Here are the things you need to know if you are a diabetes patient and fasting during this holy month.
6 June 2017| Last updated on 26 February 2018
The importance of a Dietitian:
What risks should a diabetes patient be aware of?
- Low blood glucose (or hypoglycemia) – The risk of blood glucose levels going too low is highest in people taking insulin or certain diabetes pills. Limit physical activity during fasting hours and be more active after sunset. Talk with your healthcare provider to find out if your medicine puts you at risk for low blood glucose and discuss how to prevent it.
- High blood glucose (or hyperglycemia) – While low blood glucose levels may happen during the day after the fast is broken, there is a greater risk to overeat. Watch out for eating too many sweets and keep the portion sizes moderate. Even though Ramadan is known as a time of fasting – it is not uncommon for people to gain weight during this month, as in some families, every evening meal is a celebration.
- Dehydration – This is especially a problem during the longer and hotter summer days. Aim to drink sugar-free and caffeine-free drinks frequently throughout the evening and before dawn.
Many people think of stopping their medicine as they feel that it will break their fast but that’s not true. You should continue taking your diabetes medicine but your dose timings should be changed. This is why it is advisable to speak and discuss with your doctor 2-3 months before Ramadan so that you can plan ahead of how your diabetes medicine which may need to change. It is very important to understand for a patient that they must immediately break their fast if hypoglycemia <60 mg/dl [3.3 mmol/l]), occurs since there is no guarantee that their blood glucose will not drop further if they wait or delay treatment. The fast should also be broken if blood glucose reaches <70 mg/dl (3.9 mmol/l) in the first few hours after the start of the fast, especially if insulin, sulfonylurea drugs, or meglitinide are taken at predawn. Finally, the fast should be broken if blood glucose exceeds 300 mg/dl (16.7 mmol/l). Patients should avoid fasting on “sick days.”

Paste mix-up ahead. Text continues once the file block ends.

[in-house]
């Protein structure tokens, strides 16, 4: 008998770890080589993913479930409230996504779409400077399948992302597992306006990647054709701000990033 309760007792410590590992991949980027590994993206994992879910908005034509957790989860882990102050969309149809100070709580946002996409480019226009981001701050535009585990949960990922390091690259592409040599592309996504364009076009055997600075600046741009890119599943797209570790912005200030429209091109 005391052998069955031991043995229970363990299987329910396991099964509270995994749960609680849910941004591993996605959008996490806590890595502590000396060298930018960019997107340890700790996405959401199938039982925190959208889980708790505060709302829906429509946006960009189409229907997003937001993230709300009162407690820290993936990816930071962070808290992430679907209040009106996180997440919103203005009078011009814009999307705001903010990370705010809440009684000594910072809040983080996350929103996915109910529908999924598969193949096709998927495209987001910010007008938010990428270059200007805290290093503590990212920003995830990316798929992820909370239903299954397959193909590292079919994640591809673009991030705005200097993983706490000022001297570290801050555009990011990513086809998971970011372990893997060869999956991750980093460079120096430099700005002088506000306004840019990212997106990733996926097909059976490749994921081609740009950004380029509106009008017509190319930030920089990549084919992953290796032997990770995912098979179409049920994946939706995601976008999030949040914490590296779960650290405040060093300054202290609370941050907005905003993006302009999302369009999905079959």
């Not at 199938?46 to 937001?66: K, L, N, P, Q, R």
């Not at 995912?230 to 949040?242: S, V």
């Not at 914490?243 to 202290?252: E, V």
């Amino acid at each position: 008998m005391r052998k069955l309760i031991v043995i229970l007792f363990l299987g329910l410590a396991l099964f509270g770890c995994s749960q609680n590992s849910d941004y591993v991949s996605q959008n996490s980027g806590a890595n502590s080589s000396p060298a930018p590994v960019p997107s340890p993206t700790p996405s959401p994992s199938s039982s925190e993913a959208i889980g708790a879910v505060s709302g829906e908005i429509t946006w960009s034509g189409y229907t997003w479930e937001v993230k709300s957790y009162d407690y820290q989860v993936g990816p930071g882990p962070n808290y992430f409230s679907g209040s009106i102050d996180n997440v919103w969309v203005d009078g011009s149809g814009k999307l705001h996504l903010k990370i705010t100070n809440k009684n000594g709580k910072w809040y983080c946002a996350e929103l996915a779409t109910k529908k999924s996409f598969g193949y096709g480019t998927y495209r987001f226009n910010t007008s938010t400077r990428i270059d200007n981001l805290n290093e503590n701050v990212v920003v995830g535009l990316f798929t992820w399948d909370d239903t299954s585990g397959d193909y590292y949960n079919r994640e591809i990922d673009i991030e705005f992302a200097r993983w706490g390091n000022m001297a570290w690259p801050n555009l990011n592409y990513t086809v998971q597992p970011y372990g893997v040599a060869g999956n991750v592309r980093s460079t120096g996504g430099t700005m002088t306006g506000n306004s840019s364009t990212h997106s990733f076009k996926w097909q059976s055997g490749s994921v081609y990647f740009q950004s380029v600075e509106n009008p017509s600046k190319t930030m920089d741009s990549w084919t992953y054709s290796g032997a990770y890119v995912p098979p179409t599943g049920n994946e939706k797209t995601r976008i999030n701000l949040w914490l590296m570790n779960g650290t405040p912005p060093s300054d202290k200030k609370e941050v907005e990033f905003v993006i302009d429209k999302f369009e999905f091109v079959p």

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- Whole grain cereal, low-fat milk, cottage cheese with sliced peaches topped with toasted almonds
- Plain Greek Yogurt flavored with blueberries and cinnamon, whole wheat toast with nut butter.
- Foul (a hearty Middle Eastern breakfast dish made of lentils or fava beans), small serving of sliced fruit
- Whole wheat roti (unleavened bread) and egg khagina (a southeast Asian dish)
“Spread Sweetness this Ramadan by avoiding Sweets”